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Stanton Repeat Photography

Mile 2.0, Colorado River, Upstream View from River Left (Stake 755b)

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Stake 755b, 26 December 1889 View Larger Image
26 December 1889
This camera station, upstream from Lee’s Ferry, represents the last photographs Franklin Nims took before the Stanton expedition reached what passed for civilization at Lonely Dell Ranch on the Paria River. This upstream view is from a low bedrock terrace on the left side of the Colorado River. This slope is sparsely dominated by blackbrush and Mormon tea. Interestingly, footprints are apparent in the soil leading up to the camera station. In the mid-1890s, Stanton returned to this area to build a road to his mining claims on river terraces in Glen Canyon.
Photo credit: Franklin A. Nims, 57-RS-250, courtesy of The National Archives

Stake 755b, 11 June 1975 View Larger Image
11 June 1975
This first match is only a partial view of the original wide-angle photograph. Rocks are piled in the right foreground from Stanton’s road, which cuts through the lower right corner of the view but largely spares the camera station. The Mormon tea that was previously at lower right was killed, but seven blackbrush persist from 1889 and two new individuals have become established. A pricklypear has become established in the center of the foreground.
Photo credit: Raymond M. Turner

Stake 755b, 28 October 1989 View Larger Image
28 October 1989
This second match is partial and slightly off the original camera station. Blackbrush continues to persist in this view, but no new individuals have become established. The Mormon tea and prickly pear in the center of the foreground have died. There are four new narrowleaf yuccas in the midground, and a new turpentine bush appears in the lower left corner. Farther upstream, the right riverbank has become more heavily vegetated with non-native tamarisk while the left side has less vegetation.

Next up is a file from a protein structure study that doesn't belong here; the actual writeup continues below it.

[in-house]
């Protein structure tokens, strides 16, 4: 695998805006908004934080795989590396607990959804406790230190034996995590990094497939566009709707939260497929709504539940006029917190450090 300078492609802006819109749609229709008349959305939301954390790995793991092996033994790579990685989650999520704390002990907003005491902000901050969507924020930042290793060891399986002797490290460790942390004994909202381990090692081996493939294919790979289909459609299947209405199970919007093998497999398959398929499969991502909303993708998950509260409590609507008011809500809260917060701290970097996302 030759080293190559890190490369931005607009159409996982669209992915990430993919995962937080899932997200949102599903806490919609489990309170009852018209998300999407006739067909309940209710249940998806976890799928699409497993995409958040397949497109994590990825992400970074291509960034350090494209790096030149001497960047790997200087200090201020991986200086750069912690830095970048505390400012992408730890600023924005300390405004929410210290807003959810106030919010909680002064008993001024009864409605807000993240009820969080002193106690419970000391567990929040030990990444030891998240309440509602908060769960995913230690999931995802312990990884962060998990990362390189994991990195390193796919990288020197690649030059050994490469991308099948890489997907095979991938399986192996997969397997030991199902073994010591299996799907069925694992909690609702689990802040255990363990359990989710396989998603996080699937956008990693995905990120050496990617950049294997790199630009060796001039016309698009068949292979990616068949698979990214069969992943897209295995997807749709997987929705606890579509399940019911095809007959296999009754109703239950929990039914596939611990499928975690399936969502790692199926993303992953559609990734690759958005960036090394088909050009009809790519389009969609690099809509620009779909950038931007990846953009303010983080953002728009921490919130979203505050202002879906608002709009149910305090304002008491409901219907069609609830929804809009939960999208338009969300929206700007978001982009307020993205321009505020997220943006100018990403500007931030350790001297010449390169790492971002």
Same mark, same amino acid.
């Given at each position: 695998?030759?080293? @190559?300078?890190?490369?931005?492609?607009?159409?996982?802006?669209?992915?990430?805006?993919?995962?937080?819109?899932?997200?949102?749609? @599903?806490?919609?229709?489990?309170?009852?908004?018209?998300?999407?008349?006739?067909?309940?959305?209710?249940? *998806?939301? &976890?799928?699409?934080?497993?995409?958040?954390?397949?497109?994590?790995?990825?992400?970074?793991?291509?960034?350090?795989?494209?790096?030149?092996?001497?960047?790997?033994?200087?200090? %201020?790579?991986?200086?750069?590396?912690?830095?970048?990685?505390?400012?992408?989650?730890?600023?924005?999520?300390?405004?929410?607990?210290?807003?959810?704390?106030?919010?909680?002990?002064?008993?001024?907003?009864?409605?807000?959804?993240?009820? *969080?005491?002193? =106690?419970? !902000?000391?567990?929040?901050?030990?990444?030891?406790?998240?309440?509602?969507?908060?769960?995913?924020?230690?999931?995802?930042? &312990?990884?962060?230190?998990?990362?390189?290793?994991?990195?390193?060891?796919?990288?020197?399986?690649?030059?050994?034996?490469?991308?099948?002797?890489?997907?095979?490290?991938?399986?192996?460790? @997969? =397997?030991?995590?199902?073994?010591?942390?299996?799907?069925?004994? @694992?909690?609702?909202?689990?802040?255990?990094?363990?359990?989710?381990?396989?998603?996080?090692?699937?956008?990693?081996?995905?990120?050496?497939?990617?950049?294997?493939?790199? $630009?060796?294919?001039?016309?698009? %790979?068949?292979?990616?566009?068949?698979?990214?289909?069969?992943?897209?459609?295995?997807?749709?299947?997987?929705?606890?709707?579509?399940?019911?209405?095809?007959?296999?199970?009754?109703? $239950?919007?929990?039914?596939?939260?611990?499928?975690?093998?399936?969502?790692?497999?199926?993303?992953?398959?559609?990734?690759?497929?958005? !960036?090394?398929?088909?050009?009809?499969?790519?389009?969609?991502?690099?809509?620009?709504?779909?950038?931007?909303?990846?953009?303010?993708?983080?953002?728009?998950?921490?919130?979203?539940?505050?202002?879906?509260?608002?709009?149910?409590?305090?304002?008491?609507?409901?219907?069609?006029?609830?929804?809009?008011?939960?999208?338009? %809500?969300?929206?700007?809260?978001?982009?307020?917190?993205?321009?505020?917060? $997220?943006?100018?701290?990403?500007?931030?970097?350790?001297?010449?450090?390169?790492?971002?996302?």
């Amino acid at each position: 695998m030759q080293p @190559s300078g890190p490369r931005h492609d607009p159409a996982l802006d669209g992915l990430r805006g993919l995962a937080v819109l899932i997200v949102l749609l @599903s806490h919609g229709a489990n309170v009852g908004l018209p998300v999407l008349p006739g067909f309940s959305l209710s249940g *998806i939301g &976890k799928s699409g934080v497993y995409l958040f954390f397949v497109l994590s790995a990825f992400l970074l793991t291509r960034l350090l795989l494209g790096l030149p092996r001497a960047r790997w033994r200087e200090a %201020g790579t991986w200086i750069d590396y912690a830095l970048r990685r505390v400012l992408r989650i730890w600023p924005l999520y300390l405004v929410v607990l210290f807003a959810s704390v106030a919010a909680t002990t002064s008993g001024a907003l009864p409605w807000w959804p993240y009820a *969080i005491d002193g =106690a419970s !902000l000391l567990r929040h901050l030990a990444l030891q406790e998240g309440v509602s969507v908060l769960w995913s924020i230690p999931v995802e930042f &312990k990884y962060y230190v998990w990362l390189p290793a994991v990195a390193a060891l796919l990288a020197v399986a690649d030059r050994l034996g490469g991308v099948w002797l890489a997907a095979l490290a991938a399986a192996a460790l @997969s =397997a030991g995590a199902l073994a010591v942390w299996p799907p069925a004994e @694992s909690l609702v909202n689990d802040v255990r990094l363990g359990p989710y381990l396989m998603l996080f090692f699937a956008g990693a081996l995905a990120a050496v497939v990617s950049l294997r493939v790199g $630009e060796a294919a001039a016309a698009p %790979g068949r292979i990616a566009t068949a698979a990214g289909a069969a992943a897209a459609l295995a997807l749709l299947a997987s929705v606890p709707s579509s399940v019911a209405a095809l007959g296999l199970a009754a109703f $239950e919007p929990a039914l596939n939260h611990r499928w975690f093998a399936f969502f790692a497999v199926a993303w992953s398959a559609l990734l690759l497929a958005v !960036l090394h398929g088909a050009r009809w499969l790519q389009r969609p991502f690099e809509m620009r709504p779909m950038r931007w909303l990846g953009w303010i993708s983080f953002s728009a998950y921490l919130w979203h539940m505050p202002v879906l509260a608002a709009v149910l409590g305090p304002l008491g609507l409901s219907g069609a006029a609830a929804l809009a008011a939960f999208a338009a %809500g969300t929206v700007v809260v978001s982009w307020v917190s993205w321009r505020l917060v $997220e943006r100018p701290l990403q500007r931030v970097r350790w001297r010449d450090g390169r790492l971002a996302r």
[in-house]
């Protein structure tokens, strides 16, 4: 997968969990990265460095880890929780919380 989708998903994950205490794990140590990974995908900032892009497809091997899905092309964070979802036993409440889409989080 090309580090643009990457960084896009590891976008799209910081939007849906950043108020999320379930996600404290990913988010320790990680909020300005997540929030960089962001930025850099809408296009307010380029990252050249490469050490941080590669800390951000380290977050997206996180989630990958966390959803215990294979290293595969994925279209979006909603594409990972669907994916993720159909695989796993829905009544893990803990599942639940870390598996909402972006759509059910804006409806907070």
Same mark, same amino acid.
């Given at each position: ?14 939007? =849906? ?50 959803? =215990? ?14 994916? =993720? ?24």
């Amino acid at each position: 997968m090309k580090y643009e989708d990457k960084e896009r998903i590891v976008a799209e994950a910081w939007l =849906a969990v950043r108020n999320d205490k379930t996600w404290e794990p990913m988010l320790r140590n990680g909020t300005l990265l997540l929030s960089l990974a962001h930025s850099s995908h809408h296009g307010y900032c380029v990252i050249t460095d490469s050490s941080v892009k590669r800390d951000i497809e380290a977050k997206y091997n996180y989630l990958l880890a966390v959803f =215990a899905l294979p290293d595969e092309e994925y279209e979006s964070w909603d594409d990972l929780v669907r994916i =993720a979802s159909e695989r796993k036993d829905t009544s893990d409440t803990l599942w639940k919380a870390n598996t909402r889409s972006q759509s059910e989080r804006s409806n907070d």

Photo credit: Raymond M. Turner

Stake 755b, 28 October 1992 View Larger Image
28 October 1992
The near shoreline remains unchanged, but riparian vegetation has increased in density upstream, particularly on river left (right side at center). Phragmites are apparent along the river banks, and a mix of native and non-native woody species are further back from the river. Blackbrush, prickly pear, turpentine bush, and Mormon tea continue to persist, although two Mormon tea individuals have died in the foreground. Snakeweed and narrowleaf yucca have established in the view, and the yuccas have been grazed, probably by cattle or horses, and cattle dung appears in the view.
Photo credit: Tom Wise

Stake 755b, 21 April 2011 View Larger Image
21 April 2011
Along the upstream banks on both sides of the Colorado River, riparian vegetation has become established to the water edge where sand was exposed in earlier matches. Indian ricegrass, dropseed, shadscale, and shrubby coldenia have colonized the roadway, which does not appear to be have more use than as a cattle path. Woody aster is new to the view. The blackbrush and Mormon tea populations appear stable with many persistent individuals; no blackbrush and only one Mormon tea have died. Three of the narrowleaf yuccas have died during recent drought years, and one narrowleaf yucca has become established and then died in the last 19 years as well.
Photo credit: Steve Tharnstrom

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